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FSI (Financial Soundness Indicators)

In early 2000, the International Monetary Fund (IMF) initiated the Financial Soundness Indicators (FSI) project in response to the financial market crises of the late 1990s. This initiative is an attempt to define, with a maximum of consistency, macroprudential indicators for assessing national financial systems in numerous countries and make them available to the general public.

The primary aim of the FSIs is to help make financial systems more transparent, especially in those emerging markets and developing countries for which the availability of such data has hitherto been limited. An additional aim is to improve crisis prevention through a regular assessment of the situation and risks based on these indicators. Against this background, the IMF also uses these indicators in its Article IV consultations and Financial Sector Assessment Programs (FSAP) to assess the stability of its members’ financial systems.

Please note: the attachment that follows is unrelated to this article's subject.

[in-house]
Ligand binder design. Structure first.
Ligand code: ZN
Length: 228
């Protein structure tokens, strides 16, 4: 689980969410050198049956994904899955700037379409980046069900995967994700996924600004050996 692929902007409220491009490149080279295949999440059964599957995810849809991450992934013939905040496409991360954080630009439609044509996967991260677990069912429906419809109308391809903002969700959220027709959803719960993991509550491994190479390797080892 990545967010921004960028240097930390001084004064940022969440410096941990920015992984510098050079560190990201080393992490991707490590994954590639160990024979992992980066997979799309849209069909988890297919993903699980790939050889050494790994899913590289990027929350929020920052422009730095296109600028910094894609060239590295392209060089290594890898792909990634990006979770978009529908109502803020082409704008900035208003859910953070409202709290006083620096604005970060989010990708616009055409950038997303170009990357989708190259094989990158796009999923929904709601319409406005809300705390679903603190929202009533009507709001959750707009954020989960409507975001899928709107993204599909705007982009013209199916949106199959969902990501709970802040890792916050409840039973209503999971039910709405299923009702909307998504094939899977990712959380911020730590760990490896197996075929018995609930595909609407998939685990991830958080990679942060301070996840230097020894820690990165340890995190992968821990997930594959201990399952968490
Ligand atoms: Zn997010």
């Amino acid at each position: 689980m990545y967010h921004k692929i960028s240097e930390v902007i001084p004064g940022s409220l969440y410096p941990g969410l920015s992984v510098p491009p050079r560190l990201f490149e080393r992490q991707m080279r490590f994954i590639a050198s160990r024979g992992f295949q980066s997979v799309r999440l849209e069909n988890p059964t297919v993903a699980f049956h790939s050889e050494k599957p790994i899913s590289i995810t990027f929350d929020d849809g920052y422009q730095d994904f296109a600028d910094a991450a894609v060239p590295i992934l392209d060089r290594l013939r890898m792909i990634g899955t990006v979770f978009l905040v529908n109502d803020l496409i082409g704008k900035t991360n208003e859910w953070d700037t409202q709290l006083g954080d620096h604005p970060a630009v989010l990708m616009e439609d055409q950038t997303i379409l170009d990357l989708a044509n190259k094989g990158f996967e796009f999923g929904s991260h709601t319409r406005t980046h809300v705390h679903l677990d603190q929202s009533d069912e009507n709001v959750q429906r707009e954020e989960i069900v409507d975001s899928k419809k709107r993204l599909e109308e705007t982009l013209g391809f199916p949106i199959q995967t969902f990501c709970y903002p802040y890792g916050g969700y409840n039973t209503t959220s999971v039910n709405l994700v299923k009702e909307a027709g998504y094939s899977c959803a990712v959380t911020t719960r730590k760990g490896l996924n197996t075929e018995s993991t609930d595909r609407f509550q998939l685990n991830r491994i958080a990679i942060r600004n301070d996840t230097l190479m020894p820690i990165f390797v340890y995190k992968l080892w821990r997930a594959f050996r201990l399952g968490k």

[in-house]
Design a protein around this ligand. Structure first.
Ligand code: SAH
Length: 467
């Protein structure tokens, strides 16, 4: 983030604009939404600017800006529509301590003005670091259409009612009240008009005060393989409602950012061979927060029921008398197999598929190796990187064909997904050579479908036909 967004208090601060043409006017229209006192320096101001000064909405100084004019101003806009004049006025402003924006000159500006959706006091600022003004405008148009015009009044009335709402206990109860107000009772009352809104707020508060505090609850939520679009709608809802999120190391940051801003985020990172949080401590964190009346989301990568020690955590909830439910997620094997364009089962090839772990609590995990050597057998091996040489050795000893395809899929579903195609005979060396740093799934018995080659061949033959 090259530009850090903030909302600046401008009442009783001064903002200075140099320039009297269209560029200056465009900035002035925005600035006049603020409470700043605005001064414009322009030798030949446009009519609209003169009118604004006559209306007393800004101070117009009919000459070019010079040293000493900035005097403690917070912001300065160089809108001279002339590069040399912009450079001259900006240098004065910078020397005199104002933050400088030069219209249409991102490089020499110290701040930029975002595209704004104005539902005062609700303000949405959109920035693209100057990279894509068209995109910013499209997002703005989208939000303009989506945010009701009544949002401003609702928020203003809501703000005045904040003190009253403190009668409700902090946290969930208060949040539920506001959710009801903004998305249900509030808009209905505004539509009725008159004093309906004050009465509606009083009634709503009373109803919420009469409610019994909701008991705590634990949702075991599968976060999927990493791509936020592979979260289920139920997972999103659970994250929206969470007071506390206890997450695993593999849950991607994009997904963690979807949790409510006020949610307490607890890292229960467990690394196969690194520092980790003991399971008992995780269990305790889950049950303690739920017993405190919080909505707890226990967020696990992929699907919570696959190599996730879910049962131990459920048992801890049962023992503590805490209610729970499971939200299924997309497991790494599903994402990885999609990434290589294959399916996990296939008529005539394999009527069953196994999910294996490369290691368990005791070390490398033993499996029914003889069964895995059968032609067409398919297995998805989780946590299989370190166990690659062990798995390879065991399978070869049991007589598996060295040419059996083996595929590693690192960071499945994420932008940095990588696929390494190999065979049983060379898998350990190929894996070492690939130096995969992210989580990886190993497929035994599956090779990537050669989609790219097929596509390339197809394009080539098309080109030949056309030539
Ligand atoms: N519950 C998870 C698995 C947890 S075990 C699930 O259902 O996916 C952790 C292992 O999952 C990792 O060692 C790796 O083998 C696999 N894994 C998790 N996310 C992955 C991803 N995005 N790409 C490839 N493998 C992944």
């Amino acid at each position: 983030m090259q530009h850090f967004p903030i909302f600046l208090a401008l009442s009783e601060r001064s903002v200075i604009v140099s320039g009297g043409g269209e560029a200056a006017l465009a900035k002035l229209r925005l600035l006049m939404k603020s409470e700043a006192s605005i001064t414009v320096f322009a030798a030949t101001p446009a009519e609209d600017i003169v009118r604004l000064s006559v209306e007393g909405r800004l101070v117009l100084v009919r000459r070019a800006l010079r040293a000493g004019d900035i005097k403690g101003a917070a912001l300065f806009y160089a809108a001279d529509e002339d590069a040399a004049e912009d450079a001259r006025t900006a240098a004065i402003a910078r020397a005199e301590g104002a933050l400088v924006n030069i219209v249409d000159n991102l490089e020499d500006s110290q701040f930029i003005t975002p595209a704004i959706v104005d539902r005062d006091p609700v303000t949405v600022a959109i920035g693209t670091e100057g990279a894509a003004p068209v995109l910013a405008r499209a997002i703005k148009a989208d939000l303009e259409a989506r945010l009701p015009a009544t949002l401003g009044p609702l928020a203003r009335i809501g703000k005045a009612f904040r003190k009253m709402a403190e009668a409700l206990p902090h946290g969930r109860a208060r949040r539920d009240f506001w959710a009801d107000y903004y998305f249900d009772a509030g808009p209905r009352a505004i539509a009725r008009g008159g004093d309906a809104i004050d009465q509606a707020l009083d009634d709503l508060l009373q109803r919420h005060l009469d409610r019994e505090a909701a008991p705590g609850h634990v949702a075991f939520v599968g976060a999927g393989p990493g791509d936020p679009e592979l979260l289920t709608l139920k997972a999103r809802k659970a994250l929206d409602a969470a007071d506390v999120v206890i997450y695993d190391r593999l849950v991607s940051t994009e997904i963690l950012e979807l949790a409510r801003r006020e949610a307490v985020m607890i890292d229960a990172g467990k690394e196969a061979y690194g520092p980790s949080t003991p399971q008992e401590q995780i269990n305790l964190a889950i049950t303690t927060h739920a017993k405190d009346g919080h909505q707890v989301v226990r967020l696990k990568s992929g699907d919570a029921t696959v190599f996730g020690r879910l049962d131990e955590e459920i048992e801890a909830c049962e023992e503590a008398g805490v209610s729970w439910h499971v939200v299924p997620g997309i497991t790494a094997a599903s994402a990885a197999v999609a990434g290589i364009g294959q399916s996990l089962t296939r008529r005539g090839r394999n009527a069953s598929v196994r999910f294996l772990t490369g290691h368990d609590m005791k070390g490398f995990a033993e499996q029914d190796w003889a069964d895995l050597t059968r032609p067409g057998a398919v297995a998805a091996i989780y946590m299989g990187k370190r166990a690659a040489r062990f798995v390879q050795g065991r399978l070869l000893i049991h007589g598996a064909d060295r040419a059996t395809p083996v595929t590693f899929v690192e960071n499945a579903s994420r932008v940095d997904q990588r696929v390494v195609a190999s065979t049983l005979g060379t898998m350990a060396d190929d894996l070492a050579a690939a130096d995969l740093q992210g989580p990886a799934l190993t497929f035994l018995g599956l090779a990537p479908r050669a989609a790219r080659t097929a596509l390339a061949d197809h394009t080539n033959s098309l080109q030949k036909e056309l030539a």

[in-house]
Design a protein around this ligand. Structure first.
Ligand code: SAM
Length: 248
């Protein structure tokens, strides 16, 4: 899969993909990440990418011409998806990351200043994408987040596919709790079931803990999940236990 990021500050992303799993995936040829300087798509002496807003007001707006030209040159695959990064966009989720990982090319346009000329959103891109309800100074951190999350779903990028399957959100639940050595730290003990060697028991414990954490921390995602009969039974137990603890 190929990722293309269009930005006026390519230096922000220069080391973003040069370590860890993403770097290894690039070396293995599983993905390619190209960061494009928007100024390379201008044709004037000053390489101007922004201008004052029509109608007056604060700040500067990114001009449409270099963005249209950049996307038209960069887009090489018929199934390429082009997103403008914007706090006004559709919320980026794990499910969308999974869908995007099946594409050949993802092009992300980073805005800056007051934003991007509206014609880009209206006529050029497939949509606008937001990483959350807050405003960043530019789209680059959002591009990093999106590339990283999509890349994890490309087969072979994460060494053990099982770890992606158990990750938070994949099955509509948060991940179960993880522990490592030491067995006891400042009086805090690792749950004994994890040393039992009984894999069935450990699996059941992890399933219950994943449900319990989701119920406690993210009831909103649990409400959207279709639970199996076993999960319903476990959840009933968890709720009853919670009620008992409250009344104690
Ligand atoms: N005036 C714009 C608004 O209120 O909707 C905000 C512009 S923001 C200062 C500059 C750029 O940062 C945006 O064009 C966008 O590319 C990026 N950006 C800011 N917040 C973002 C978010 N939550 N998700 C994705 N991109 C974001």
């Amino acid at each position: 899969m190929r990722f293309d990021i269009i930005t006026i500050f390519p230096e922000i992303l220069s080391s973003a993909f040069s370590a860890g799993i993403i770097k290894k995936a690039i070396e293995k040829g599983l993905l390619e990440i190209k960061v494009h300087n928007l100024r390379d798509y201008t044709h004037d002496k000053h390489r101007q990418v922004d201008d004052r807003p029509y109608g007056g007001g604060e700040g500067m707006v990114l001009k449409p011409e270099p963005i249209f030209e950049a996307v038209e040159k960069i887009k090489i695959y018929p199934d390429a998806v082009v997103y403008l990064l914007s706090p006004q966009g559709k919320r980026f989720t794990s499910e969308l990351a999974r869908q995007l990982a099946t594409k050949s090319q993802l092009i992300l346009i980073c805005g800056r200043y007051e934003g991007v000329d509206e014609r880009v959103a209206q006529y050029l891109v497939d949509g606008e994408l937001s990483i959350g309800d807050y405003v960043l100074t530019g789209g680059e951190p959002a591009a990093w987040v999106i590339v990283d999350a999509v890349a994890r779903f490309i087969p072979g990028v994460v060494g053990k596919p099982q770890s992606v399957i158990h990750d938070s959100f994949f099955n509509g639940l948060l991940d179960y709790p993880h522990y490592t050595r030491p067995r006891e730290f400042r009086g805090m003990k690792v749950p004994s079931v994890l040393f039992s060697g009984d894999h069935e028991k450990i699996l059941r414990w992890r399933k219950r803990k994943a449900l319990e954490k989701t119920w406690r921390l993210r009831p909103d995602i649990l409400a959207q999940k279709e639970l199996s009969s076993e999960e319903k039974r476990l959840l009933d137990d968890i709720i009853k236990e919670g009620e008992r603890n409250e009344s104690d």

The indicators are regularly compiled and published by the member countries on a voluntary basis. Comprehensive notes (metadata) on the statistical methodology and on the legal and institutional framework underlying the data surveys are provided, too. They are designed primarily to highlight the differences in respect of national prudential and accounting standards which impair the indicators’ cross-country comparability. This makes them an indispensable interpretation aid for the data users.

The results for Germany are published here. In addition, you will find methodological notes to better understand how the indicators were derived for Germany. Further metadata for Germany as well as the findings and metadata for other countries are available on the IMF website.

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